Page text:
Gamers look for specific elements in a video game that they gravitate towards to be entertained. Gameplay, story, graphics, variety, combat, etc. I’ve always believed two key elements that are most important are gameplay mechanics and story.
A Plague Tale: Requiem, developed by Asobo Studio, is a follow-up to A Plague Tale: Innocence. They created a game with a focus on story, character development, and tense gameplay yet again with even more crazy rat-infested events. Although not without its minor flaws, this studio is starting to develop a reputation as a master storyteller and not just a developer of licensed games.
A Tale of Two Games
After the events of A Plague Tale: Innocence, big sister Amicia, brother Hugo and their mom survive a terrible plague that has swept their land. The rats are not only carriers but a dangerous hivemind that can attack like a tsunami. These rats are found to be involuntarily controlled by the Macula. A rare blood disease carried by Hugo. Now with newfound knowledge and survival skills, they set out to find a cure.
This is the simplest way I can explain this tale without getting too deep into some of the events that unfolded in the previous game or what comes next. Part of what has made this series so enthralling is the character development of the main characters, supporting characters, and the chain of events that occur in between. What helps bring it all together is the A+ voice talent from everyone involved.
“Requiem takes you not only on their quest, but also through their inner journey, overcoming the violence of their time and facing the morality of actions they would have rather not taken. Amicia and Hugo’s relationship is the very heart of A Plague Tale, and Requiem explores their mutual influence in this psychological trial, for the worse but also the better.”Asobo Studio
There’s beauty in darkness
At the start, I was immediately enjoying the tutorial. It starts off with both siblings enjoying a day out, playing while figuring out game mechanics. Players will notice beautiful, colorful areas. It gives a sense of hope, love, and happiness these characters began to finally feel after the first game. Asobo takes their time telling the story first before they throw players into any gameplay or depressing events. That is what sets Requiem apart from other survival-type action games.
When the rats do show up, it’s very clear the new technology has ramped up the detail on each and every rat on screen. In Innocence, the rats kind of looked like an amorphous blob of eyes and tails sometimes. Now players can see each individual rat as they swarm throughout the land. With the help of photo mode, players can now take pictures of terrifying set pieces in detail.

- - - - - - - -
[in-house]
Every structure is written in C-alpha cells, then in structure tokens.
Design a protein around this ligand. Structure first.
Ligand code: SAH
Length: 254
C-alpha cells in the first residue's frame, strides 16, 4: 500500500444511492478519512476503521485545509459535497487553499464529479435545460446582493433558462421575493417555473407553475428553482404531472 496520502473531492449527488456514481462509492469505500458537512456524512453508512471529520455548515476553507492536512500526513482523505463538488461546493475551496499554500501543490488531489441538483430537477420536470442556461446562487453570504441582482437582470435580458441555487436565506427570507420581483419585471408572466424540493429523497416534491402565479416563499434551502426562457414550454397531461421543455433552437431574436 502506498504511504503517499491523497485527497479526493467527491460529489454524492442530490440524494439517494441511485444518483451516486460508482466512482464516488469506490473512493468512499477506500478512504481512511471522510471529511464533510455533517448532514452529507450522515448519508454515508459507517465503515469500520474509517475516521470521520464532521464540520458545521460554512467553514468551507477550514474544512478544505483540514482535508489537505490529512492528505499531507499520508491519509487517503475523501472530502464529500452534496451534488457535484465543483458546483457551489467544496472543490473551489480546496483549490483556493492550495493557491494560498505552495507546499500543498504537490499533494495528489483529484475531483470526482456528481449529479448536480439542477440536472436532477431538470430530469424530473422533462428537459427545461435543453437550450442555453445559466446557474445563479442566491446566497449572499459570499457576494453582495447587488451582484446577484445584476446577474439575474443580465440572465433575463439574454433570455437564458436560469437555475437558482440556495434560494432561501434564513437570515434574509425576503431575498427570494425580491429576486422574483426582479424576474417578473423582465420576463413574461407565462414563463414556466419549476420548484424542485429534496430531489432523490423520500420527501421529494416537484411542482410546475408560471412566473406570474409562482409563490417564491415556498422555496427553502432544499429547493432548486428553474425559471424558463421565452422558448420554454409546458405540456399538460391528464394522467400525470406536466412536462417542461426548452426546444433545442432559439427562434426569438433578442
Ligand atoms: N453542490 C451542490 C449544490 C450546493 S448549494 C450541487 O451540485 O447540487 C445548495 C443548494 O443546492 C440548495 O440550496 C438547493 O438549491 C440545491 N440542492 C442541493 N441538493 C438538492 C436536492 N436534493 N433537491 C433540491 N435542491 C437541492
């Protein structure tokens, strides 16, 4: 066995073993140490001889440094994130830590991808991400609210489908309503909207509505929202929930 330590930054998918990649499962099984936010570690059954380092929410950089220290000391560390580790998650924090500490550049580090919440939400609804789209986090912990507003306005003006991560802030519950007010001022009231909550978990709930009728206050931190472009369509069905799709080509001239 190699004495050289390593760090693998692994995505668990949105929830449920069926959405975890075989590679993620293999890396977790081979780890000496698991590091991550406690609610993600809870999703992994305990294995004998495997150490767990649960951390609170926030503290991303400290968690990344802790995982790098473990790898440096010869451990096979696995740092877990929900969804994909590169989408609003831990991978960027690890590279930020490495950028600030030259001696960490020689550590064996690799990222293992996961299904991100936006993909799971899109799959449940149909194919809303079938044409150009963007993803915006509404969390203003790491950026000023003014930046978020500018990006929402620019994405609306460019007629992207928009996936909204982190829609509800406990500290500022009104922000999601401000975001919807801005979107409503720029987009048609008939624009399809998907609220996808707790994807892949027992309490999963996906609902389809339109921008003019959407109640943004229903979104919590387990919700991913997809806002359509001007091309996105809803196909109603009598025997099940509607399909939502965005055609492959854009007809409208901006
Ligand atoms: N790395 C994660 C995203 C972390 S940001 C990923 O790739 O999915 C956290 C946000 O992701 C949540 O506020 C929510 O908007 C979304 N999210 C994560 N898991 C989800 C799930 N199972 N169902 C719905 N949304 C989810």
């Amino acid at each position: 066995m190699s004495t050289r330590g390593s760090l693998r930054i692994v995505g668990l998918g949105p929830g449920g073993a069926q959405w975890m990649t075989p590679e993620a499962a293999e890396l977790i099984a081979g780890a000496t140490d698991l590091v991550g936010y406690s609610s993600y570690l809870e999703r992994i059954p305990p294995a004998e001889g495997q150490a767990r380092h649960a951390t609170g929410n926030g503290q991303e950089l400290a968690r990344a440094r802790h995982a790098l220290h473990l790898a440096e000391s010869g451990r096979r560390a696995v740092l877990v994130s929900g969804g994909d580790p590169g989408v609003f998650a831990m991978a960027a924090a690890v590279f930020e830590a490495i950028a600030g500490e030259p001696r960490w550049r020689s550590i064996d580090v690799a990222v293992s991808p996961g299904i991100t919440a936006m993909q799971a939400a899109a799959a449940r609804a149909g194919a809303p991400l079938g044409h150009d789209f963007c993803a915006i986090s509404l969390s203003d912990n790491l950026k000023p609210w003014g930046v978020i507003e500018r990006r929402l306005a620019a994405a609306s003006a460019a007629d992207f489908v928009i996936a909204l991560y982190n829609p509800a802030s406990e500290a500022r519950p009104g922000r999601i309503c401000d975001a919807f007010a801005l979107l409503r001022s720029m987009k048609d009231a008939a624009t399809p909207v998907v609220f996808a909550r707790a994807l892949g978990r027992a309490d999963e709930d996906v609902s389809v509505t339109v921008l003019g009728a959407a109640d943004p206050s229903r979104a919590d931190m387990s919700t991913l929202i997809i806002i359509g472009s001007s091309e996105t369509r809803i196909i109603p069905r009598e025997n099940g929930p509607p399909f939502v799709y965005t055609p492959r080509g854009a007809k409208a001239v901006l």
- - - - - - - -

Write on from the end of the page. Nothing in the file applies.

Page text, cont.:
Playing with rats
I was disappointed to see Amicia is back using her old tricks which only pretty much have to be relearned throughout her journey. There are some new ones used as well with the help of her sidekick Lucas. Maybe this again is more to focus on the story, but it felt more like a cop-out on introducing skills to new players.
Requiem’s main focus on gameplay is stealth. This is no different than the last game. Although Asobo makes sure there are combat moments, it’s always preferred for players to sneak around to the exit. Unfortunately, it’s not always clear where the exit is, which leaves players running (or hiding) around trying to connect point A to point B. It’s a lot of trial and error since players will find themselves dying until they find the perfect path and actions to run through.
The rats themselves are still part of the puzzle with each encounter to sneak away safely. The grouping of soldiers looking for you and rats acting as dangerous barriers made me feel helpless and absolutely made some encounters difficult.
Each map is rather large, leaving players opportunities for exploration and experimentation with Amicia’s weapons. I would also criticize though that every encounter is rather predictable. Meaning when you get a new item or weapon, you’re using it right away in an encounter. The story beats can also be predictable. The story, dialogue, things are looking up, then they look down, encounter enemies, rinse and repeat.
A delicious Ratatouille
Requiem does a great job with its balance of tense gameplay and immersive storytelling, even if it is a bit predictable. I loved all the stunning landscapes, deep character development, beautiful graphics, epic music, and fun weapons at Amicia’s disposal. Even though the main focus of the Plague series is the story, gameplay variety is still an important element, and it delivers.
Although you don’t necessarily need to play Innocence to play Requiem, I highly recommend it. The characters make the game, and with the new technological leap, it stands out even more. This is a quality 20-hour journey about sacrifice, family, morality, and the will of the mind. It’s not a high-octane action game, this is a slow, methodical burn with stakes I can’t wait for players to experience.
This review was written based on a digital review copy of A Plague Tale: Requiem for the Xbox Series X provided by Asobo Studio and Focus Home Interactive.